Transmission Methods In Industrial Networks

By Stancho Djiev, Ph.D., Technical University Sofia, Bulgaria

Transmission Methods In Industrial Communications

The data communication can be analogue or digital. Analogue data takes continuously changing values.

In digital communication, the data can take only binary 1 or 0 values. The transmission itself can be asynchronous or synchronous, depending on the way data is sent. In asynchronous mode transmission, characters are sent using start and stop codes and each character can be sent independently at a nonuniform rate. The synchronous mode transmission is more efficient method. The data is transmitted in blocks of characters, and the exact departure and arrival time of each bit is predictable because the sender/receiver clocks are synchronized.

The transmission methods in industrial communication networks include baseband, broadband, and carrierband. In a baseband transmission, a transmission consists of a set of signals that is applied to the transmission medium without being translated in frequency.

Broadband transmission uses a range of frequencies that can be divided into a number of channels. Carrier transmission uses only one frequency to transmit and receive information.

Digital optical fibre transmission is based on representing the ones and zeros as light pulses.

The type of the physical cabling system or the transmission media is a major factor in choosing a particular industrial communication network. The most common transmission media for industrial communication network is copper wire, either in the form of coaxial or twisted-pair cable. Fibre optics and wireless technologies are also being used.

Coaxial cable is used for high-speed data transmission over distances of several kilometers.

The coaxial cable is widely available, relatively inexpensive, and can be installed and maintained easily. For these reasons it is widely used in many industrial communication networks.

Twisted-pair cable may be used to transmit baseband data at several Mbit/s over distances of 1 km or more but as the speed is increased the maximum length of the cable is reduced. Twisted-pair cable has been used for many years and is also widely used in industrial communication networks. It is less expensive than coaxial cable, but it does not provide high transmission capacity or good protection from electromagnetic interference.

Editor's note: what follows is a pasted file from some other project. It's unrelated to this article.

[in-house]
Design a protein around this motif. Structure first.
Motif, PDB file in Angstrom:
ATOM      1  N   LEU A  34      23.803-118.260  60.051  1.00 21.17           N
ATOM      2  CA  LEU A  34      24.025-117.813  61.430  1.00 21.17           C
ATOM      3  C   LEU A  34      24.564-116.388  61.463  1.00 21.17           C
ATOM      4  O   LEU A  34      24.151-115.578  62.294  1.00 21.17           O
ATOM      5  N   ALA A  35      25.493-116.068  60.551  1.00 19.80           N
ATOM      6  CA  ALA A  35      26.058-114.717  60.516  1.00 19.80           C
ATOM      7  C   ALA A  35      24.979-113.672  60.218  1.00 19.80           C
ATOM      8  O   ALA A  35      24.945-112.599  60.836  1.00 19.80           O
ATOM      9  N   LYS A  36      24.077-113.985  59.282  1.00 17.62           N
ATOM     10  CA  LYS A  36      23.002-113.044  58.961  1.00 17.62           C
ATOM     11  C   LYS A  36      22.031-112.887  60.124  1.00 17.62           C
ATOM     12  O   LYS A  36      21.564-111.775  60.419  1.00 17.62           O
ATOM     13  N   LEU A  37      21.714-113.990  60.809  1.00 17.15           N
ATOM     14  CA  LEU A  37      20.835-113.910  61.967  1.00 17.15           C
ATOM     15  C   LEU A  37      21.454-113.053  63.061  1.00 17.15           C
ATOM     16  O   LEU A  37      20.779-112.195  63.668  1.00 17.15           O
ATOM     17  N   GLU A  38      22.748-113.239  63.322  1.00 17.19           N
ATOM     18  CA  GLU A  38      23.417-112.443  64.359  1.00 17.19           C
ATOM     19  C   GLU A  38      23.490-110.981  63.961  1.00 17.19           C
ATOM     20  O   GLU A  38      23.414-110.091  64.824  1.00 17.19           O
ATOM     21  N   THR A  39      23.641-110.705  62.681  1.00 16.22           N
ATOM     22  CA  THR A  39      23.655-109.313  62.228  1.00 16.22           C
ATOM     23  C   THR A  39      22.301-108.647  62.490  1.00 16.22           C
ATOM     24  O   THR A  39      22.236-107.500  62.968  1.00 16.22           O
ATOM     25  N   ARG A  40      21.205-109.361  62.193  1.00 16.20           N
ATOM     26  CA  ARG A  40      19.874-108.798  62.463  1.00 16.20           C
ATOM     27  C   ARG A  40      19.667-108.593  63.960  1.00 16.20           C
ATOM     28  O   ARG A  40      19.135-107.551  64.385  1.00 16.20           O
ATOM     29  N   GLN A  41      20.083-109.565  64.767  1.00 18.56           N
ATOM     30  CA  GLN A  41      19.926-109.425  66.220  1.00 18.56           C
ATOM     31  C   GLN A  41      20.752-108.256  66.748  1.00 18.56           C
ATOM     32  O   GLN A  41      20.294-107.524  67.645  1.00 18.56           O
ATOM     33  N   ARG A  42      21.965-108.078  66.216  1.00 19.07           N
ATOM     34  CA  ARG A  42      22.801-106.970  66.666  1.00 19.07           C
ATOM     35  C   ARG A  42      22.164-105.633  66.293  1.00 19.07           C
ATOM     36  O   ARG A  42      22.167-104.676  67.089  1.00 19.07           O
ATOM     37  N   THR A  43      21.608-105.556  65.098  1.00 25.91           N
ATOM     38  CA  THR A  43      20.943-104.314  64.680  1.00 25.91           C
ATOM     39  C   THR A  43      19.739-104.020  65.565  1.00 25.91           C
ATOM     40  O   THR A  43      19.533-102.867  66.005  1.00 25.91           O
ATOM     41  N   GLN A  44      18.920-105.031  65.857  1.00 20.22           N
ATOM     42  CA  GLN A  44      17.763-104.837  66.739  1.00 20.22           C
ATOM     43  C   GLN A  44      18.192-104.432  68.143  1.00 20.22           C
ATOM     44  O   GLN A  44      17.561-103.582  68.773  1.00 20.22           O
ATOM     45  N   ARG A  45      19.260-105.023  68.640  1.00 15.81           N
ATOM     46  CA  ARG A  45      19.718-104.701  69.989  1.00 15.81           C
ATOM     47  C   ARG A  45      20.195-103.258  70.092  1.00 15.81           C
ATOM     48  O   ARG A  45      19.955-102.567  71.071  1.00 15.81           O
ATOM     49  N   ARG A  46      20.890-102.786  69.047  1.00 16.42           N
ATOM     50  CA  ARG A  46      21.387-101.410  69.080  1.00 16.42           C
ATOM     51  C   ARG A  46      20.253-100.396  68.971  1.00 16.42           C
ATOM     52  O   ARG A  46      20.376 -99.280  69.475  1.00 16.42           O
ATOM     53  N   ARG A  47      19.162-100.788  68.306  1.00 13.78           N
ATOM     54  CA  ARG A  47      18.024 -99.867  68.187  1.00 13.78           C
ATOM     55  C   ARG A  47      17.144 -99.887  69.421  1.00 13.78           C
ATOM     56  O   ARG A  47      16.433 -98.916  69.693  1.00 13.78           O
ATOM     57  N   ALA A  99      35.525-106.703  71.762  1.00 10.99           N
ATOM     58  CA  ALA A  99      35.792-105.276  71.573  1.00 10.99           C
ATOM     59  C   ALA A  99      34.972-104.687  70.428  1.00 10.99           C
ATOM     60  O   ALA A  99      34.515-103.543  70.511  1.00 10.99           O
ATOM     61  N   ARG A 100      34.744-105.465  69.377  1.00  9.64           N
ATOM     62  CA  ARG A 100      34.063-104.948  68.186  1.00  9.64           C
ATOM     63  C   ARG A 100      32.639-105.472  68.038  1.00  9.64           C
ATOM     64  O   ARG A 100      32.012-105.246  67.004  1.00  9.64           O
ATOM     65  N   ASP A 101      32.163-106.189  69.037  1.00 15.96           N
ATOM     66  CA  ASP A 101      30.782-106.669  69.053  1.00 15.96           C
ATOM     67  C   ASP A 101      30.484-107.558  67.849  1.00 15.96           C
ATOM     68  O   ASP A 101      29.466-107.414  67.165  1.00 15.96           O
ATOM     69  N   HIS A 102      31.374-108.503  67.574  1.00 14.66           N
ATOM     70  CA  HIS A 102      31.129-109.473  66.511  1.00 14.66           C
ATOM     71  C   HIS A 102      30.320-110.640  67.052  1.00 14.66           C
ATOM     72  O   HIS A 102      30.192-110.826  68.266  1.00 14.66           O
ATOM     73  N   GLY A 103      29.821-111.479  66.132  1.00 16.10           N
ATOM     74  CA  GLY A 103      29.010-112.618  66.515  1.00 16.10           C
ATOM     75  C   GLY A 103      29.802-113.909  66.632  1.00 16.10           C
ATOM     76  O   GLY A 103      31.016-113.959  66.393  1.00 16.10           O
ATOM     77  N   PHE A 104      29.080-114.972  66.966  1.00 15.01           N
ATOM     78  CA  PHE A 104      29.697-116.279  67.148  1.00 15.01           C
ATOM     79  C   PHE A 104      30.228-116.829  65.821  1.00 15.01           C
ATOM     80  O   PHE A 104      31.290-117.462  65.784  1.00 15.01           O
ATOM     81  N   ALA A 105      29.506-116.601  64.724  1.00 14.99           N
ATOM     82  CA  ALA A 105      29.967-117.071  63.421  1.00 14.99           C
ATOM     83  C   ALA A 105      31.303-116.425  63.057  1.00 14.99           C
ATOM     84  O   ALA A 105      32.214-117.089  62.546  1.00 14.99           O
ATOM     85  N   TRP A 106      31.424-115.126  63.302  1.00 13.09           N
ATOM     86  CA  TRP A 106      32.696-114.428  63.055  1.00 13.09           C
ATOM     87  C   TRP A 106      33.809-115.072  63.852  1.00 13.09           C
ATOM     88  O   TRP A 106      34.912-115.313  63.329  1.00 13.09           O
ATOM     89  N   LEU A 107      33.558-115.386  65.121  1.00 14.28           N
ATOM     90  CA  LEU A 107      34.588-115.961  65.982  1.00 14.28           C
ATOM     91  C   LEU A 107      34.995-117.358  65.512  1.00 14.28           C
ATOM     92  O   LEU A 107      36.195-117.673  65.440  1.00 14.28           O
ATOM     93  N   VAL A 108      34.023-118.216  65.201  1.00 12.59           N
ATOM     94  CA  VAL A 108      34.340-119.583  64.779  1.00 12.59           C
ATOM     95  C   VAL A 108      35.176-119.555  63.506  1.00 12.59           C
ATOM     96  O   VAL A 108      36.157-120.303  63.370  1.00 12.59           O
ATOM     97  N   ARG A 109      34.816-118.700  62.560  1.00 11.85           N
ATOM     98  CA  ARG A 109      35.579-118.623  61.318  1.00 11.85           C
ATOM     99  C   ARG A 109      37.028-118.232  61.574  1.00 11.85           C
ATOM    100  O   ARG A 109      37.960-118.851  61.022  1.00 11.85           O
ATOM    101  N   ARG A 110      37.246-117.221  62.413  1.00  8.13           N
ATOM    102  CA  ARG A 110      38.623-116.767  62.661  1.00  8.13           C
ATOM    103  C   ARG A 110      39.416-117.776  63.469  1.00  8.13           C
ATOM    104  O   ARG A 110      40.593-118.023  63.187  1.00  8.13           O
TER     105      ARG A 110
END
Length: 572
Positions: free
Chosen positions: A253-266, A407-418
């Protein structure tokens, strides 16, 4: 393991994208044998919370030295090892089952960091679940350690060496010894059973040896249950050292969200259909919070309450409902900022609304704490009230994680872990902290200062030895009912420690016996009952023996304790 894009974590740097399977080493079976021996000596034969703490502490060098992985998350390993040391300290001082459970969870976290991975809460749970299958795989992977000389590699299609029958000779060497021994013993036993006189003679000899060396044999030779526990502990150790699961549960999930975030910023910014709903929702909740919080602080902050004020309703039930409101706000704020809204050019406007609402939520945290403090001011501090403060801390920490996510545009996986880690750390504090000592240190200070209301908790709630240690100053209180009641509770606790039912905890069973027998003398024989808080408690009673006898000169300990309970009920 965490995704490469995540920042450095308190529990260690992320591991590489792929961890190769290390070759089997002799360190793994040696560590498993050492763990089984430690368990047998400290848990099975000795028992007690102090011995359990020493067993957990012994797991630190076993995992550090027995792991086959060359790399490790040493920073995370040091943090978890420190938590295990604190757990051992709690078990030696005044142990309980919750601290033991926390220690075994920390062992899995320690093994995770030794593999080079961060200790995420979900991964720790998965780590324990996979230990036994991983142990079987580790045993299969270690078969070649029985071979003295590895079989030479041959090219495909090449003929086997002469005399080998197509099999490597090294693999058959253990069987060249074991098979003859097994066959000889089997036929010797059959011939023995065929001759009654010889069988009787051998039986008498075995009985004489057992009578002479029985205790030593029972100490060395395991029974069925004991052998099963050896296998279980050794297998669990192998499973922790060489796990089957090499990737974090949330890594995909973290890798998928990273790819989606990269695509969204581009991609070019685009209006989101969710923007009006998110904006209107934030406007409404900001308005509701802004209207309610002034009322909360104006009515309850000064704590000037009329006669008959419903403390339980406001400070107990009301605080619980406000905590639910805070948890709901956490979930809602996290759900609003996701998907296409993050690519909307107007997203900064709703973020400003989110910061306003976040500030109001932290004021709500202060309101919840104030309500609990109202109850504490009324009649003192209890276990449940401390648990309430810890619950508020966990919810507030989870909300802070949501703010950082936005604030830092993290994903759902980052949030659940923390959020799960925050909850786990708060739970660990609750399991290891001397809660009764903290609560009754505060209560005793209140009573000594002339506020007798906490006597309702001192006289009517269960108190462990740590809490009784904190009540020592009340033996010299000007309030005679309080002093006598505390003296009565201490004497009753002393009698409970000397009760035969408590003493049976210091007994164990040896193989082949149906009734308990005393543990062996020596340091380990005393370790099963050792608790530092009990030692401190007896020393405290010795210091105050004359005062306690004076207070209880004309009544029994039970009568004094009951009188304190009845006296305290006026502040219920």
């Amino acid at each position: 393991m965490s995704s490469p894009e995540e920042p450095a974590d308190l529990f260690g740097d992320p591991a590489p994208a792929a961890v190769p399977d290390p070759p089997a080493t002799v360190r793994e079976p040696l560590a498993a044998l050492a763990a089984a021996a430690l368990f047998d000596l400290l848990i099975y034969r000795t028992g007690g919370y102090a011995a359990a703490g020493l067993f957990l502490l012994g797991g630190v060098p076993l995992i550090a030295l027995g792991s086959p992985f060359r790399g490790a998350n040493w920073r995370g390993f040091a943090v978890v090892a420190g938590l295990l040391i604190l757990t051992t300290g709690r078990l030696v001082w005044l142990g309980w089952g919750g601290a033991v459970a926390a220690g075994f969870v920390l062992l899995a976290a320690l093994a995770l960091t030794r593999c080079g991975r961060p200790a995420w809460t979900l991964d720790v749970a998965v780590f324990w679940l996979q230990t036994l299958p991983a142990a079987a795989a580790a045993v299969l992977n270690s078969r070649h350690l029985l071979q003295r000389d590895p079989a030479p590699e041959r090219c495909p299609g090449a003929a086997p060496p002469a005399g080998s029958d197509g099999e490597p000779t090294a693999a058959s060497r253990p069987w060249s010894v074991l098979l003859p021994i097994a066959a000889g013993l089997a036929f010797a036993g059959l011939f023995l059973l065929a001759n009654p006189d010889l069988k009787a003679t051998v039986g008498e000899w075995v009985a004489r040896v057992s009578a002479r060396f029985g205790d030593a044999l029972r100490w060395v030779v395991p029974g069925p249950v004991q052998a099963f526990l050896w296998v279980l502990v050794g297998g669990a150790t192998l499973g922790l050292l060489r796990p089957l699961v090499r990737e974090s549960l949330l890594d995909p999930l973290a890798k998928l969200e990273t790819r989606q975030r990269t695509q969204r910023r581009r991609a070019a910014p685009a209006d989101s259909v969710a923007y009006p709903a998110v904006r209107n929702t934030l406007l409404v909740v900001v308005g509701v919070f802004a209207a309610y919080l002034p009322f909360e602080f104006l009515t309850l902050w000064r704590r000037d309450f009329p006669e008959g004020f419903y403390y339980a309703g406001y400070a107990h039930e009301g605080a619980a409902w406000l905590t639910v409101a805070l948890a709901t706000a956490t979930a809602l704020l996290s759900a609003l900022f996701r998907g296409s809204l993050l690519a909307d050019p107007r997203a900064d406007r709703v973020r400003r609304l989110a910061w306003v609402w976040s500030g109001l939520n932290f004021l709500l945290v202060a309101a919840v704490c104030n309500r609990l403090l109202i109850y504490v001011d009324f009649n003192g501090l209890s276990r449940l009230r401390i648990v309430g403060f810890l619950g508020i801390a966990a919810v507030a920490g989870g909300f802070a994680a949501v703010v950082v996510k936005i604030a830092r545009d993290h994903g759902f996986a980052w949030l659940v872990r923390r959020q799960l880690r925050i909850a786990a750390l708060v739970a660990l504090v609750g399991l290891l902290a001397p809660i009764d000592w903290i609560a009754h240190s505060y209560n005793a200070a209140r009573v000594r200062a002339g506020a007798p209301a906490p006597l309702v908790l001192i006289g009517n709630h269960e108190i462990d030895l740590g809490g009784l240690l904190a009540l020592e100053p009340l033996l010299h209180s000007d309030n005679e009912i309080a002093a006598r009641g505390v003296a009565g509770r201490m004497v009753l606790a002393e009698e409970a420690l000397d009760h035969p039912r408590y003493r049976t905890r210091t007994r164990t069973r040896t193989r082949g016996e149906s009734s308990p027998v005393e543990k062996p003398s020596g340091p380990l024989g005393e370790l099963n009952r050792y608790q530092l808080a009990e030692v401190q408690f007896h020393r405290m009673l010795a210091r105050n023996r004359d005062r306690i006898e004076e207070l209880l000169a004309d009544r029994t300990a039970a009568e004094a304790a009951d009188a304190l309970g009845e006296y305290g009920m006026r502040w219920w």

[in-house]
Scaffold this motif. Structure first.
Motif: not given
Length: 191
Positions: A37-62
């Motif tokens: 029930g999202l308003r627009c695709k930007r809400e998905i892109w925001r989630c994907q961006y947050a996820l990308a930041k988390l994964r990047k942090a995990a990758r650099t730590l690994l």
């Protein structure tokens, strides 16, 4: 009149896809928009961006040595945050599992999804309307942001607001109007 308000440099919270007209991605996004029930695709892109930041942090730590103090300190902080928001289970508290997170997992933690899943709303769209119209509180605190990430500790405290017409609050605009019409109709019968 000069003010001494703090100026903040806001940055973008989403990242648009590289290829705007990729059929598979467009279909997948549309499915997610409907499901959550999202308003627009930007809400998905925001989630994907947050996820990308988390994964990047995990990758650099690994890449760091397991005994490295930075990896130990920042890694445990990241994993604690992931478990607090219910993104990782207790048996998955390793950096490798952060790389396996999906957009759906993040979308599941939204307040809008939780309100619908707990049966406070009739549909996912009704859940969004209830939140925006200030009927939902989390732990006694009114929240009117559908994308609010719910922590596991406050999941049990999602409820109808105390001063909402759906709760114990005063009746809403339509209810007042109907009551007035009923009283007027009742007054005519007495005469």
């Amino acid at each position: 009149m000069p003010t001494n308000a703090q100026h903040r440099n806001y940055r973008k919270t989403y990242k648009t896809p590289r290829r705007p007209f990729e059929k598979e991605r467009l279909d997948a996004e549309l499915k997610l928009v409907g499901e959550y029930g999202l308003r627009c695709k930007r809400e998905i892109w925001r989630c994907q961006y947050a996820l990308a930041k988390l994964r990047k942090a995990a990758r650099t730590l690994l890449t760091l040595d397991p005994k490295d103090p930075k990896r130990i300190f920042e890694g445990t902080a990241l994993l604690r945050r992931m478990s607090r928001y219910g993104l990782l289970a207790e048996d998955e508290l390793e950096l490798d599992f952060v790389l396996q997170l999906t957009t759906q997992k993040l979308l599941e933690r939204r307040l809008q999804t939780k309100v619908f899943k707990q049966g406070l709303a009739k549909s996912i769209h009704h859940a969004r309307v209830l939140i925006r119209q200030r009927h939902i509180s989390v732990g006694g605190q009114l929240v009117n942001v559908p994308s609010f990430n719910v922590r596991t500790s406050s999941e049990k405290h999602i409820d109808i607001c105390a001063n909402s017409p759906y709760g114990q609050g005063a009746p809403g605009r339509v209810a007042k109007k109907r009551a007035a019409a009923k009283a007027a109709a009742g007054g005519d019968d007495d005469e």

Fibre optic cable provides increased transmission capacity over giga bits, and it is free from electromagnetic interference. However, the associated equipment required is more expensive, and it is more difficult to tap for multidrop connections. Also, if this is used for sensor cables in process plants, separate copper wiring would be required for instrument power, which might as well be used for the signal transmission.

In many mobile or temporary measurement situations, wireless is a good solution and is being used widely.

Today's environment

Conventional point-to-point wiring using discrete devices and analog instrumentation dominate today's computer-based measurement and automation systems. Twisted-pair wiring and 4-20 mA analog instrumentation standards work with devices from most suppliers and provide interoperability between other 4-20 mA devices. However, this is extremely limited because it provides only one piece of information from the manufacturing process. Historically, measurement networks and automation systems have used a combination of proprietary and open digital networks to provide improved information availability and increased throughput and performance. Integrating devices from several vendors is made difficult by the need for custom software and hardware interfaces. Proprietary networks offer limited multi-vendor interoperability and openness between devices. With standard industrial networks, on the other hand, we decide which devices we want to use.